Call this football's version of Groundhog Day.
Unfortunately for the Jefferson City Jays, there won't be another chance.
This won't be a best two-out-of-three.
Playing for the second straight Friday night, the Rock Bridge Bruins got even and more --- much more --- as they rolled to a 48-18 devastation of the Jays in the Class 6 District 3 opener at Adkins Stadium.
Same teams, very different results. And a season-ending result for the ninth-ranked Jays (6-4).
"People asked me if playing two straight times would help us or hurt us," Jays coach Ted LePage said. "I think it hurt us, because they saw last week they were bigger and stronger than we were and they used that to their advantage tonight.
"They just imposed their will."
A week earlier, the Jays scored in the first quarter in a wire-to-wire 31-21 win in Columbia.
Friday night, the Bruins scored 2 1/2 minutes into the game and were never headed. And the Bruins did it without starting quarterback Logan Twehous (shoulder injury), who's passed for an eye-popping 2,591 yards and 29 touchdowns this season, and leading rusher Eli Stout.
Instead of using a pass-happy attack (38 attempts last week, 10 this week), the Bruins used the Wildcat formation and racked up 432 total yards of offense.
The Bruins (5-5) had lost four straight and five of six, after climbing to No. 2 in the state after their 3-0 start. Perhaps they should have used the Wildcat all along.
They took the opening kickoff and strolled 80 yards in six plays, with Tarus Moore rushing for 36 yards on the first three plays, before Hayden Johnson tossed a 38-yard touchdown strike to Zach Reuter.
That play kick-started a huge night by Johnson (he's listed as a 6-3, 215-pound tight end), who rushed for three touchdowns and passed for two scores.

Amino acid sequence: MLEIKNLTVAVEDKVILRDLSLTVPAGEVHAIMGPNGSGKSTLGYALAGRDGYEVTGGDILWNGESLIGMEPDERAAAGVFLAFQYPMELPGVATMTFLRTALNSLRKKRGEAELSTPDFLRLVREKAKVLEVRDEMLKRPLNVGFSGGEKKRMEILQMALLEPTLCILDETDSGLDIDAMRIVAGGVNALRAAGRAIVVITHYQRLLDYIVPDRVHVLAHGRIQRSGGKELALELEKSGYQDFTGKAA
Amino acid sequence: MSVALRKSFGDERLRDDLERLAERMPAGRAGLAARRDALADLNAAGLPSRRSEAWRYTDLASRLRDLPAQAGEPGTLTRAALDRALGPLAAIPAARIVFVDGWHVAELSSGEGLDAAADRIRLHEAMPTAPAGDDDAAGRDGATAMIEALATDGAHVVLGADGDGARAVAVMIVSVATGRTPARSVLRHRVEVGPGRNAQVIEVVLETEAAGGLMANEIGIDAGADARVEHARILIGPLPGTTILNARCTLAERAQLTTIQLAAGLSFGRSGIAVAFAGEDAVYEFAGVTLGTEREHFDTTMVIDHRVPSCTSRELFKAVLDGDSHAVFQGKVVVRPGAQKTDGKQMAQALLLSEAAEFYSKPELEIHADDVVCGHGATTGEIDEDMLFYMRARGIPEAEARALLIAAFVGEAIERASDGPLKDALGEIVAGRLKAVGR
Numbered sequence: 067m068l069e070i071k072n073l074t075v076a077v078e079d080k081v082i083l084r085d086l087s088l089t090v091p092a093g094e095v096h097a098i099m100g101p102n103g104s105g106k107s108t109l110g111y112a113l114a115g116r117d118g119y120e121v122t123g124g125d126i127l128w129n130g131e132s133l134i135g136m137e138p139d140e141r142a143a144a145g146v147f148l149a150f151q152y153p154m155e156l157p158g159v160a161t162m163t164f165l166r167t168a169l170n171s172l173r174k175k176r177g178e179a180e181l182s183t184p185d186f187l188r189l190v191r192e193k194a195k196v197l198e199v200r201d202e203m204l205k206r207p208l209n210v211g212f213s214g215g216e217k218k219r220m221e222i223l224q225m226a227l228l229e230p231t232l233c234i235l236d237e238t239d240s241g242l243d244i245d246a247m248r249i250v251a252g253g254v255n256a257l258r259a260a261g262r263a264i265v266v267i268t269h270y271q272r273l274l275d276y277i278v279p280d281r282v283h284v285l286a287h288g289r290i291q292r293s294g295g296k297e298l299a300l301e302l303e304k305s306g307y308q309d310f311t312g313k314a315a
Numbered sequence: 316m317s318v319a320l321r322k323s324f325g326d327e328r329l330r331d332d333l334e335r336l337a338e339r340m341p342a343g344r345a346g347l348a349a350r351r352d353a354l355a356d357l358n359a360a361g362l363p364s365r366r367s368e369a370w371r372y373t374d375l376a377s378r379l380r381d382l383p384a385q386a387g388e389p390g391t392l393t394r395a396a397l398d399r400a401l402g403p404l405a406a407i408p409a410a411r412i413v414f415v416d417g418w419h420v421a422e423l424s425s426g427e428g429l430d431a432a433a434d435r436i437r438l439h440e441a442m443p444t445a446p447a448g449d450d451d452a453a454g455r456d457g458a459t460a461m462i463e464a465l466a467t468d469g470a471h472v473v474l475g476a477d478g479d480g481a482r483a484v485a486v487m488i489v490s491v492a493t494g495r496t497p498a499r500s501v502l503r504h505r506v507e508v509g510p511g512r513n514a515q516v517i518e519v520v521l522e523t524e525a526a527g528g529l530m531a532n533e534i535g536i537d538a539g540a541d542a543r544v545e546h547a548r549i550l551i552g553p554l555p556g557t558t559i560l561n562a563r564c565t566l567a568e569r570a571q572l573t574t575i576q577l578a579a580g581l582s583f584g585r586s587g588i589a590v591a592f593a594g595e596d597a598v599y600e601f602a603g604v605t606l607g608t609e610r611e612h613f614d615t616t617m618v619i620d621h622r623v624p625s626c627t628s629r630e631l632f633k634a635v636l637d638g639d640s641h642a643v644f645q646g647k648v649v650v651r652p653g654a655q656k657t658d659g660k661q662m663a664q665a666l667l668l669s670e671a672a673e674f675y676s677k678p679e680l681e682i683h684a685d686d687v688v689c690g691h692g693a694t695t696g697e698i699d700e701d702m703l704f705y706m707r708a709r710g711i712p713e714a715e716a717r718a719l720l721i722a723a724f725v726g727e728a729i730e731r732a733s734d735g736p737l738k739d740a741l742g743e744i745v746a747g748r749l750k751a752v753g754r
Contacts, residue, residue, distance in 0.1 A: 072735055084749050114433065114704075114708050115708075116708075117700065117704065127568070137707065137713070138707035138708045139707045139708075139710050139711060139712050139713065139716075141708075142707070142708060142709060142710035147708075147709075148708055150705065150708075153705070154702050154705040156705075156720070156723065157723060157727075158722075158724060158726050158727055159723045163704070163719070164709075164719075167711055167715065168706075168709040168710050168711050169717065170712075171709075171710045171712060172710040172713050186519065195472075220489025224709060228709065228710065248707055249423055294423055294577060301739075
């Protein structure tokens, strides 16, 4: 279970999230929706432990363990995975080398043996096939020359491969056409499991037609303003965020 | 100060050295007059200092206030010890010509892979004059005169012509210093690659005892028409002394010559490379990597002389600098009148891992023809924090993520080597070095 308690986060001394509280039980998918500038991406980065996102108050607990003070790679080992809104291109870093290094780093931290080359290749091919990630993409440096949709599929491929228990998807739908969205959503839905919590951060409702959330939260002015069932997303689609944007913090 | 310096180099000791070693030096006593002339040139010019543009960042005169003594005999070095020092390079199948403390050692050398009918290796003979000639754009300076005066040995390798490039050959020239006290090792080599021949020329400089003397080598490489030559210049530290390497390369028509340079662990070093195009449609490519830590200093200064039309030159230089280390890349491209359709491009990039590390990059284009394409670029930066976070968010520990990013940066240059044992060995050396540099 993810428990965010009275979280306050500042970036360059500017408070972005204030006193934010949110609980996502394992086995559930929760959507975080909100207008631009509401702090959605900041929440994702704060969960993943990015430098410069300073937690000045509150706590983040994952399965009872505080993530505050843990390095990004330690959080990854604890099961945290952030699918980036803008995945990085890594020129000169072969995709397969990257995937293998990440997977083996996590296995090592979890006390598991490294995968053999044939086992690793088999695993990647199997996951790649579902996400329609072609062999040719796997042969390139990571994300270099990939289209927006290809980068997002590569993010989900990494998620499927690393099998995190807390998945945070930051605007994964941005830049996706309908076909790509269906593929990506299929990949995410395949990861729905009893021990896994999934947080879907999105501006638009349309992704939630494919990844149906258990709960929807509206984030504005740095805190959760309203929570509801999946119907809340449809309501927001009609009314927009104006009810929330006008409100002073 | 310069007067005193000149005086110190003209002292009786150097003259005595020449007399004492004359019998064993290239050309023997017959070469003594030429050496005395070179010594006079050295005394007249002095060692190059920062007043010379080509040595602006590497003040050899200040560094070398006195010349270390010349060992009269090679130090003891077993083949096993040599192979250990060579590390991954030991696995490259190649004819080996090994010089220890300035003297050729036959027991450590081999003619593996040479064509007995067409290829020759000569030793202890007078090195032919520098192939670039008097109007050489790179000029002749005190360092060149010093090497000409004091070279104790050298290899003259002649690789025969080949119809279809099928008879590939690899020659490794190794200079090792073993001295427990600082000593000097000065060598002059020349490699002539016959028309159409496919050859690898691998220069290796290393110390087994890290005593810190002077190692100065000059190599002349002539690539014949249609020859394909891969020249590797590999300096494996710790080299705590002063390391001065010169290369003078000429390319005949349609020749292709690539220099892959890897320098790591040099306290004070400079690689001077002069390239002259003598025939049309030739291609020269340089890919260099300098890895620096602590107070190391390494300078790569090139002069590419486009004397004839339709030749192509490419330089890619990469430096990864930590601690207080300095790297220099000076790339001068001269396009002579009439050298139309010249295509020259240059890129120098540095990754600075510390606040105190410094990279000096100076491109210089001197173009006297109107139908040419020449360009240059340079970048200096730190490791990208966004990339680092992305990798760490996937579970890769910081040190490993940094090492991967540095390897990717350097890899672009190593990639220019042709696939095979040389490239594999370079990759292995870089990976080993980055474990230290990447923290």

The Bruins led 7-3 after one quarter and 28-10 at the half, before the Jays fired their final salvo of the game --- and the season --- to open the second half.
It was a 71-yard, 14-play drive, capped on a 3-yard run by Gabe Marcantonio, who also converted the two-point run to make it somewhat interesting at 28-18 less than four minutes in the second half. (The Jays' points before the break came on a 6-yard run by Denzel Wilson and a 28-yard field goal by Marcantonio.)
But after the eight-point play by Marcantonio --- who rushed for 91 yards and threw for 122 --- the Bruins pulled away with a bang, scoring three touchdowns in the fourth quarter to win by 30.
The Bruins --- who held a 432-320 edge in total yards --- completed just four passes on 10 attempts. Not that impressive, eh?
Those four completions covered 207 yards and produced four touchdowns, including a 71-yard catch and run from back-up QB Karson Ringdahl to Alex Ofodile, son of the head coach.
"They have two big receivers on the outside and when you put your cornerbacks on an island, that's what can happen," LePage said. "All you have to do is throw it up and they'll go get it."
Rock Bridge will play next Friday at Francis Howell Central (7-3), which was a 24-17 winner over Hickman.
Meanwhile, the state-championship drought will now be at least 17 years for the Jays, after the program won nine titles in 19 years from 1976-94, and 10 in 22 years with the championship in 1997.
This season, however, was a success, LePage insists.
"Of all the teams I've coached, I think this one overachieved more than any of them," LePage said. "They're going to look back on this year and be proud of what they accomplished, because they beat some really good football teams.
"They played hard and they were a fun team to coach. They did everything we could have expected."
And there's this:
"We won at every level --- the freshman team was 7-1, the JV/sophomore teams went 11-1," LePage said. "And we were 6-4 at the varsity level with a really young team. They got better every week and you don't normally see that.
"I feel bad for the (14) seniors because they gave it everything they had. They played their butts off this year and I'm proud of them."
Still, for those still clinging to the past ... it won't ever be the same. Not easy for fans to accept, but it is the reality.
It was decades of brilliance that just can't be duplicated.
For Pete's sake, there are no more Groundhog Days.